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Co-Working Spaces Vs. Working from Home

co-working space vs home office

michelle

michelle

Making the Choice between a Shared Office and a Home Office

Perhaps you’re starting your own business and you’re not quite at the stage to rent your own office, or perhaps you’re a freelance or contract worker who needs a dedicated space to work on your various professional projects. But the question is, where do you set up your work station? Do you save money by setting up shop in your home, or do you go the extra mile and pay for access to a co-working space? Working from home may seem like a tempting opportunity to cut your costs down to a minimum, but co-working offers a lot of great benefits at very affordable rates.

The Home Office Conundrum

The greatest benefit to working from home is also its greatest detriment: that you are in an environment that is entirely your own. On the one hand, this offers you tremendous flexibility in regards to your hours, your workspace, and even your dress code (pajamas are a totally acceptable uniform when you work at home). However, people who work from home often tend to overwork. This is because it becomes difficult to “switch off” when you are nearly constantly in your place of work—it really puts a new spin on the phrase “taking the job home with you.”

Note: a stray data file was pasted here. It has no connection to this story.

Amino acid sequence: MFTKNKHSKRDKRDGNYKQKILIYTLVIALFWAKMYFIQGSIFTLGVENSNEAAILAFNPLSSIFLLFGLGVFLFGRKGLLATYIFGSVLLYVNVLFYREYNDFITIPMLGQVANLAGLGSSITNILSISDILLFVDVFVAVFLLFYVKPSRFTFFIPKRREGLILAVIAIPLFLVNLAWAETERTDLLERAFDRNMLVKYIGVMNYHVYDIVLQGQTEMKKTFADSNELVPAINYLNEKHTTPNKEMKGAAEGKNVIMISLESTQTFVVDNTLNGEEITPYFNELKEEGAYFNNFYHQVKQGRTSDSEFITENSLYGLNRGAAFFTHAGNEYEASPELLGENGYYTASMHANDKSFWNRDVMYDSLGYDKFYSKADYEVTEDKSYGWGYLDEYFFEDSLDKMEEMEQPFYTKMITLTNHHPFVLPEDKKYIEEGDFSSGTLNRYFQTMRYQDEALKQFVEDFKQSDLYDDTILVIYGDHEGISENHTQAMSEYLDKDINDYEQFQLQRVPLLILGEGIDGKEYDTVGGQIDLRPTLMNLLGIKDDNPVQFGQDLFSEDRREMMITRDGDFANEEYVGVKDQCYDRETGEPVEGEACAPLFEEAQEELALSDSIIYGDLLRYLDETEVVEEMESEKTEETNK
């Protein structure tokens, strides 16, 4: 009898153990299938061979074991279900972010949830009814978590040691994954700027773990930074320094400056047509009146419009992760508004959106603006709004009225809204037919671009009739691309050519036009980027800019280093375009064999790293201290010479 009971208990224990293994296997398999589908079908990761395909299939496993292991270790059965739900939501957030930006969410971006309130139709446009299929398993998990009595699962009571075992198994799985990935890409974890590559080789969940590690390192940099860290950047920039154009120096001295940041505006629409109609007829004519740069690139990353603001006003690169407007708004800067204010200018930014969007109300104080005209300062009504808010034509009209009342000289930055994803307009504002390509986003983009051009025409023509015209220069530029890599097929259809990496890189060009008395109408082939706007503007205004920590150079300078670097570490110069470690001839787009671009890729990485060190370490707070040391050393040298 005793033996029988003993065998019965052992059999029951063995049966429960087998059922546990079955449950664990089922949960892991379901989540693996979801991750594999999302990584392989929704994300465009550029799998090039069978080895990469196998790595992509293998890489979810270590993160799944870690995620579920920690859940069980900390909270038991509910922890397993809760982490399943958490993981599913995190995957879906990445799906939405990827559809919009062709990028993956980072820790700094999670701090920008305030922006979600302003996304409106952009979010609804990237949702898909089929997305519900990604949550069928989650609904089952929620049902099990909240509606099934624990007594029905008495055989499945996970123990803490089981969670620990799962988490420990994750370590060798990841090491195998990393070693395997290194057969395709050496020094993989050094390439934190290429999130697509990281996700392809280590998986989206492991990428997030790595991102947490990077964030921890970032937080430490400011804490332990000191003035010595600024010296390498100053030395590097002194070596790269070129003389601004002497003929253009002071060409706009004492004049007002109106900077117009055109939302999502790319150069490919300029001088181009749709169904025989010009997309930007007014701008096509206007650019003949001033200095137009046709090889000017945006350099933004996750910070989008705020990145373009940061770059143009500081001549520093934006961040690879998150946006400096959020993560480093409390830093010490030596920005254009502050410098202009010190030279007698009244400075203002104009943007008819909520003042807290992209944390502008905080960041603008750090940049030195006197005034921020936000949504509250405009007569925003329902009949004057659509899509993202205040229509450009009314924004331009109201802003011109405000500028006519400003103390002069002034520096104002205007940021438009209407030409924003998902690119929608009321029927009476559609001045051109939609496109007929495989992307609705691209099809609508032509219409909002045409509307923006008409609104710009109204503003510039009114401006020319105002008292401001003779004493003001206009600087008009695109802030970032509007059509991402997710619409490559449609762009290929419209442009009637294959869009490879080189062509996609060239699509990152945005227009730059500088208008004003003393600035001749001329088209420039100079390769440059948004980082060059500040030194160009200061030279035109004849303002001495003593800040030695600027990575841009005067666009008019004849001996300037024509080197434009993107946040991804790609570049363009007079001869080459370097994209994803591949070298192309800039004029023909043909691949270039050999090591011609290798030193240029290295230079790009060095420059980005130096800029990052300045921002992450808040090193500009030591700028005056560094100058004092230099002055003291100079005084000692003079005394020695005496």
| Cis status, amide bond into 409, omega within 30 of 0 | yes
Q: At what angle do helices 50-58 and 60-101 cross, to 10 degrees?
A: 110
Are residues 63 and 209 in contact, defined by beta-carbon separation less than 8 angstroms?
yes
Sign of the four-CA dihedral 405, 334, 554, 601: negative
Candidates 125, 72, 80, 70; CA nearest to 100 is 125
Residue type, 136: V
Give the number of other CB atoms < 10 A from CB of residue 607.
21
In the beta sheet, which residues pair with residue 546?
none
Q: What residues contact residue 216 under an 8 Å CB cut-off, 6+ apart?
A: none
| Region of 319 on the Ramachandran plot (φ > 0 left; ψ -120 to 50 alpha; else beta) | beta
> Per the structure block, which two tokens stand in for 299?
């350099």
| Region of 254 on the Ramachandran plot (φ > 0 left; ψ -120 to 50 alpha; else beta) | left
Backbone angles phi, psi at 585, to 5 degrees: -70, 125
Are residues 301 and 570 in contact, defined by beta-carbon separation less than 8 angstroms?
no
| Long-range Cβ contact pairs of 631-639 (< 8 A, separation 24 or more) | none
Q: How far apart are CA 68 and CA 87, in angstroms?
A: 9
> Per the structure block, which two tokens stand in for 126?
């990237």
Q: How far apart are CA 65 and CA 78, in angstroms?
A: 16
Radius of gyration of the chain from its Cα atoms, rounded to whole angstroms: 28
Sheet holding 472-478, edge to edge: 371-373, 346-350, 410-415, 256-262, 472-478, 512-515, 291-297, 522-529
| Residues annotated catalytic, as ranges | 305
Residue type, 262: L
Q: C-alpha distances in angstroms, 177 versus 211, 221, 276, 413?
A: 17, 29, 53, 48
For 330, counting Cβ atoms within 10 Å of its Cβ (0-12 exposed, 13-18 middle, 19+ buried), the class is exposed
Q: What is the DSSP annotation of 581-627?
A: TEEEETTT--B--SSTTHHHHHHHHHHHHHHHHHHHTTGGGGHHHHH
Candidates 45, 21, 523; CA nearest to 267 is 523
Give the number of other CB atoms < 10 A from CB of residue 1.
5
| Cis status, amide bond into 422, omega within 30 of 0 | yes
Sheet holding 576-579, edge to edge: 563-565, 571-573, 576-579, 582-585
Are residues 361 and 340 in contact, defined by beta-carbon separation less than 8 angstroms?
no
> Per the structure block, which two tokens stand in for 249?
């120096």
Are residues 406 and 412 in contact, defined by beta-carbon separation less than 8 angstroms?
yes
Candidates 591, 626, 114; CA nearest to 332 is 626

How a Shared Office Compares

The co-working model has often been mistaken for a trend, but many experts predict that it will be a lasting paradigm for how the self-employed work. While you do sacrifice some of the freedom and privacy of working at home (don’t wear your pajamas to a co-working space, please), you gain a lot in exchange. You become part of a community, it becomes easier to separate work from personal time, and you have a more professional setting to meet with clients—particularly if the shared office has private meeting rooms.

Which Is Best for Your Business?

The truth is, only you can decide what the best solution for your business is. If you are apprehensive about investing money to join a co-working space full-time, then try it out on a day pass, or even just sign up for occasional use. Perhaps you want to keep the freedom of working from home while occasionally getting a change of scenery and the chance to build your professional network. The great thing about the co-working model is you can do as much or as little as you like—you have absolute freedom to either use it completely or mix different models of working to suit your needs.

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